Wholeness from another source LO26988

From: AM de Lange (amdelange@gold.up.ac.za)
Date: 07/12/01

Replying to LO26953 --

Dear Organlearners.

Don Dwiggins <d.l.dwiggins@computer.org> writes:

>In the introduction to the book, it's mentioned that
>both Steinbeck and Ricketts were strongly influenced
>by William Emerson Ritter, "whose doctrine of the
>oranismal conception of life formed the zeitgeist of
>the Berkeley bioligical sciences faculty at the time.
>... Ritter believed that 'in all parts of nature and in
>nature itself as one gigantic whole, wholes are so
>related to their parts that not only does the existence
>of the whole depend on the orderly co-operation and
>interdependence of the parts, but the whole exercises
>a measure of determinative control over its parts.'

Greetings dear Dwig,

Thank you for sharing this source with us. I still have to look up what
out own library has on WE Ritter.

Now I understand why in terms of this wholeness, when I still had the time
to read novels, Steinbeck's own reminded me so much of the delicacy (dish)
called "sosatie" of my people, the Afrikaners. Allow me to let you taste
his novels (rather than describing them) with the following recipe.

You will need about 2 pounds (1 kilogramme) of meat. You can use any kind
of meat (chicken, pork, mutton, beef or venison). Cut it into pieces of
roughly 1x1x1/2 inch with the fibres of the meat along the 1/2 inch
dimension. You will also need wood dowels of about 1/8th inch diameter for
stringing up the sosatie. (Those bamboo dowels used for making baskets are
an excellent choice.) Sharpen the one point like a pencil.

I am sure that you have a preference for certain spices. Make up a thick
soup by boiling some flower with water. Then stir the spices of your
choice into that soup together with NATURAL (rock) salt and NATURAL
vinegar (made from fruit like grapes or appels). Do not go lean on the
psices. Let the soup cool off to fridge temperature as fast as possible so
that the fragrances do not escape from the mixture.

You will also need dried fruit like apricots, plums and even oranges. In
addition to that you may also need vegetables like onions, garlic and even
radishes. Use whatever is delicious to you. Weak the dried fruit in water
so that it becomes soft. Cook the vegetables for a short while in water so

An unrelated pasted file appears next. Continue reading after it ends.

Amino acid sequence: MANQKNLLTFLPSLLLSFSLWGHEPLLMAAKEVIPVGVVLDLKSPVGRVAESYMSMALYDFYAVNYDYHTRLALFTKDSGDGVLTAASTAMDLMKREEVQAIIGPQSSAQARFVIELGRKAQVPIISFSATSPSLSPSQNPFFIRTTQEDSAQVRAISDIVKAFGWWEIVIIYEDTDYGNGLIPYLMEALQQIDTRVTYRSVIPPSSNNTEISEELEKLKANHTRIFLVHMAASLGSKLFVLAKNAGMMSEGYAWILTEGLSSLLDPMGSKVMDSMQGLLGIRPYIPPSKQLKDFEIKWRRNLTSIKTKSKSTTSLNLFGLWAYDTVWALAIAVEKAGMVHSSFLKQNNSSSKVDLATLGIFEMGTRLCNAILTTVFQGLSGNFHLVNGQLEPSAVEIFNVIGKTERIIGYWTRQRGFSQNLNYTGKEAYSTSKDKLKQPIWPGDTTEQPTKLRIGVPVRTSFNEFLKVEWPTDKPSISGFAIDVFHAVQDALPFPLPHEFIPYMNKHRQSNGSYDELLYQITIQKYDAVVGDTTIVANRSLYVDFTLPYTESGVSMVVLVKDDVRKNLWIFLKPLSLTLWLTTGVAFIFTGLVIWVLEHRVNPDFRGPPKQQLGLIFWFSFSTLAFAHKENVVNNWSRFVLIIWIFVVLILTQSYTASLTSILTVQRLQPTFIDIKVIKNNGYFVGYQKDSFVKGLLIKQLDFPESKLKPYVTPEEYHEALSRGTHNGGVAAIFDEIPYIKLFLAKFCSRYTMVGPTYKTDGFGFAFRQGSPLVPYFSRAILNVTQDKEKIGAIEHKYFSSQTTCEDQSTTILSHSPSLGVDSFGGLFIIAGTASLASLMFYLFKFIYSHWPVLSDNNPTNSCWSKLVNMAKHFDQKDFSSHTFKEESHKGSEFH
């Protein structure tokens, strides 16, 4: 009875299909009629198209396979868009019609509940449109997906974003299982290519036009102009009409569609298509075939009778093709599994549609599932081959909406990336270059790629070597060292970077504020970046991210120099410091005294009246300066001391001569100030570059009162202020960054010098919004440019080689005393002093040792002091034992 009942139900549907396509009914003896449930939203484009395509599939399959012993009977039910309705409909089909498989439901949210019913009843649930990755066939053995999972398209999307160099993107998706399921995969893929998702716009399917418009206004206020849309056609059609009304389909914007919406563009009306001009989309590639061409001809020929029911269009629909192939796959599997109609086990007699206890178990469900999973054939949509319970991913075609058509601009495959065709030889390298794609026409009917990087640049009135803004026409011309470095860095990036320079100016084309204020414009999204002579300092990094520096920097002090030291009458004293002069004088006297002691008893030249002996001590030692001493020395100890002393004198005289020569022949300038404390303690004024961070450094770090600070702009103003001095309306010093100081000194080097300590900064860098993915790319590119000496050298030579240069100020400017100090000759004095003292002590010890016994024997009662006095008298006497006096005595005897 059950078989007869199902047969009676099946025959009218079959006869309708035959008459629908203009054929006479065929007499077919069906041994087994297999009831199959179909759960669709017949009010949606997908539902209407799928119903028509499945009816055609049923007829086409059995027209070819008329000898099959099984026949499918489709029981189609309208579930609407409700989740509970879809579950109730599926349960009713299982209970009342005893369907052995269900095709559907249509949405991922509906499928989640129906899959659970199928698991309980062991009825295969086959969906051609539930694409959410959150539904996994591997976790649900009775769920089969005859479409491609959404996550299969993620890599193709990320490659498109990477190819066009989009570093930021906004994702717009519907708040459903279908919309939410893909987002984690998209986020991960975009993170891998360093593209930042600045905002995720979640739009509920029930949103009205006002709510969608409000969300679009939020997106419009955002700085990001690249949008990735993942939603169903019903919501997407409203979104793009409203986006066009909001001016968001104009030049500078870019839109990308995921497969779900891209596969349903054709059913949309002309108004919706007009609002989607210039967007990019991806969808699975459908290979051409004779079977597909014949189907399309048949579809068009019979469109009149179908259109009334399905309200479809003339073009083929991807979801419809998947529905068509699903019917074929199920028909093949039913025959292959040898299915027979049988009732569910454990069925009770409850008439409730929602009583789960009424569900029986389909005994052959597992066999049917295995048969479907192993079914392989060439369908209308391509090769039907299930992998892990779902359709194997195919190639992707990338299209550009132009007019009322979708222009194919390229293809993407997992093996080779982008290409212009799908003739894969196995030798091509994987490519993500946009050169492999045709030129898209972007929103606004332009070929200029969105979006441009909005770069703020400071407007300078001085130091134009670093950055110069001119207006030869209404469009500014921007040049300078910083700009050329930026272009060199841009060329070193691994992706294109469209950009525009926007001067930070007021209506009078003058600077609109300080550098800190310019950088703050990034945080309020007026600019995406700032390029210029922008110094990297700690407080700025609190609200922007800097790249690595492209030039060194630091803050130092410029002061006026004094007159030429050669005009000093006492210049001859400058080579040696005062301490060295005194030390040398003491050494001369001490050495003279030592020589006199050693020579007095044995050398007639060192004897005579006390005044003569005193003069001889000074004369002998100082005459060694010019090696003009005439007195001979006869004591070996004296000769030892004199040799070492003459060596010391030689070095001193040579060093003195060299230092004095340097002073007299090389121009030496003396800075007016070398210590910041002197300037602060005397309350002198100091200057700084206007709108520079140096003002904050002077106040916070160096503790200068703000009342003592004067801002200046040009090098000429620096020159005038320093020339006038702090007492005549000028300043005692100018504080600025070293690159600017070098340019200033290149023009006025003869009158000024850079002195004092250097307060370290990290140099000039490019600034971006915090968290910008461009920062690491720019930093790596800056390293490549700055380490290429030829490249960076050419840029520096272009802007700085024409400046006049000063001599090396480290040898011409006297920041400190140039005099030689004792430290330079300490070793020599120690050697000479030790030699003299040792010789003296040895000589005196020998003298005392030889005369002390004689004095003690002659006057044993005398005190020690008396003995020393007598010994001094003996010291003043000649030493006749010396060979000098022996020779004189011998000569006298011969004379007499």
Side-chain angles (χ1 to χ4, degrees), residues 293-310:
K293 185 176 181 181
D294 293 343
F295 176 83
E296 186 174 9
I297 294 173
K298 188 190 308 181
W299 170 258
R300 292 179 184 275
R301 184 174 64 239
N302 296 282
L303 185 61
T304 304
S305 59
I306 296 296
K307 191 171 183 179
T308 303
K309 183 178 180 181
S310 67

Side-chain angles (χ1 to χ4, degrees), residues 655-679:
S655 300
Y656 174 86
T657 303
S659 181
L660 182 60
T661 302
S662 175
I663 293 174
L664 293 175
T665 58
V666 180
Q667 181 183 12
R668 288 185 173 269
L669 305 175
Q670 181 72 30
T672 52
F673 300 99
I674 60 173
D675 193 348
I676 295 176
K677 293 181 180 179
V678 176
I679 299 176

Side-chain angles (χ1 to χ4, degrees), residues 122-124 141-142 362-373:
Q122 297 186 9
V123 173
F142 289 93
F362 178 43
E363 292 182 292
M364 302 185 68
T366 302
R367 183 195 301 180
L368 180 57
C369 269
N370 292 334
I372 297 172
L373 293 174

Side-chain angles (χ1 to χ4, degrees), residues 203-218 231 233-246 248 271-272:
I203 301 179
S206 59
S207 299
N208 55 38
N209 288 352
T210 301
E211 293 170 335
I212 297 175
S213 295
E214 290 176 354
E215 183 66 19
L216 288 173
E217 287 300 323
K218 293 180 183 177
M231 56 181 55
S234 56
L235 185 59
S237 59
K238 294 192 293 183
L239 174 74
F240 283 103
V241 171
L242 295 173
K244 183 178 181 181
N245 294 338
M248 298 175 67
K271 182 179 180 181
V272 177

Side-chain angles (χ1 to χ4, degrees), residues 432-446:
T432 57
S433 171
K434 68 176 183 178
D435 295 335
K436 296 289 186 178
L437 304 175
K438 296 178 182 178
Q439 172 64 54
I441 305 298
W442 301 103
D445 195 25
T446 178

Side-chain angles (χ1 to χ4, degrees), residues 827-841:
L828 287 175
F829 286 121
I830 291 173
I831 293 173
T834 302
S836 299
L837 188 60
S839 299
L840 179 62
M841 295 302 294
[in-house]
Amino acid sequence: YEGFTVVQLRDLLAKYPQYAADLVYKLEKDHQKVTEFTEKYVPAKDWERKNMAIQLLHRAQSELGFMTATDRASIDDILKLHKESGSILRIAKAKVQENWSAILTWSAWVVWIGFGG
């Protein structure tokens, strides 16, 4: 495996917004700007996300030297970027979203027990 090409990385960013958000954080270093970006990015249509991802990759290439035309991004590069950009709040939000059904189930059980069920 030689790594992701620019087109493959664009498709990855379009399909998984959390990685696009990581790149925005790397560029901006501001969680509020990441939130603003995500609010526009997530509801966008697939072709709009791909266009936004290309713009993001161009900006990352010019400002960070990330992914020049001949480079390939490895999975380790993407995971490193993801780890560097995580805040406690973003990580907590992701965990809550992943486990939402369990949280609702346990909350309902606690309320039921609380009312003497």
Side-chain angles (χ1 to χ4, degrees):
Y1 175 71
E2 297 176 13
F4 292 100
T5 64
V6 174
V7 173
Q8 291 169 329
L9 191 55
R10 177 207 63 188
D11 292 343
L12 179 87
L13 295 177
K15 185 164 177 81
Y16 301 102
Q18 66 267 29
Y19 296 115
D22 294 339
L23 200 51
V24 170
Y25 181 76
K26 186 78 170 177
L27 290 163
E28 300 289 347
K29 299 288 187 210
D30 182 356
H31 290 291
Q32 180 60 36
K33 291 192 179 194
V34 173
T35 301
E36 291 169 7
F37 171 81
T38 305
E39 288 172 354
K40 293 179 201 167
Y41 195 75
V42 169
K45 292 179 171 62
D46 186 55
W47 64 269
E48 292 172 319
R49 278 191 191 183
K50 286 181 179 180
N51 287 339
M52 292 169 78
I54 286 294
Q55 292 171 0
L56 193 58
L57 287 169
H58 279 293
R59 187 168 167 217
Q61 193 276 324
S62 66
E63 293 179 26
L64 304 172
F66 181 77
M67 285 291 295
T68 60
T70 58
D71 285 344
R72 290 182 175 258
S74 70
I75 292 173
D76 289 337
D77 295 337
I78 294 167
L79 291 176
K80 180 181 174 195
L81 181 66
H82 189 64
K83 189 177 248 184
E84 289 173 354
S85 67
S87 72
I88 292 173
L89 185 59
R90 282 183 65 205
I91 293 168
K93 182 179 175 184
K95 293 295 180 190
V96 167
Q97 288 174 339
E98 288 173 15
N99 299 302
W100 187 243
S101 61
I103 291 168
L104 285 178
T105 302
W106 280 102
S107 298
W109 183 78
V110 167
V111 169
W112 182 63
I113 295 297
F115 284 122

that they become soft, but not mushy.

Now take one piece of meat, push the dowel through it along its fibre.
Then follow it up with a piece of fruit or vegetable. Follow it up again
with meat and then fruit/vegetables alternatively. If the meat has fat to
it, alternate lean with fatty pieces of meat. When the string has reached
a length of some 6 inches (meat and fruit/vegetables pressed closely
against each other), you have prepared a sosatie.

Arrange these sosaties in a dish and pour the spicy marinade (soup) over
them so as to cover them completely on all sides. Put a lid on the dish.
Put the dish in a cold fridge (just above freezing point) for at least 48
hours. The secret to the sosatie is not to stir the sosaties or the
marinade (soup), but to let the associativity pattern of wholeness
establish itself between the pieces of meat, fruit/vegetables and spices.
It is here where you should have great patience. Some people advise
turning the sosaties every couple of hours, but this destroy the very
emergences which you are seeking.

At last you will fry the sosatie in a pan or preferably upon an open fire.
Take care not to burn the sosaties because the carbohydrates in them may
easily be rendered to charcoal. Before serving them, you may squeeze some
"blatjang" upon them. This "blatjang" is a jam of any kind enriched up to
the limit (spareness) with spices according to your taste.

Dwig, this "sosatie" is the culinary version of Goethe's concept
"Steigerung" (a string of emergences). When you eat Steinbeck's novels
again, try to discern whether you are tasting the "sosatie" of wholeness.
I am waiting expectantly for your report or that of any fellow learner. I
suspect you will agree that in Steinbeck's art or the "sosatie" the whole
is more than the sum of the parts.

With care and best wishes


At de Lange <amdelange@gold.up.ac.za> Snailmail: A M de Lange Gold Fields Computer Centre Faculty of Science - University of Pretoria Pretoria 0001 - Rep of South Africa

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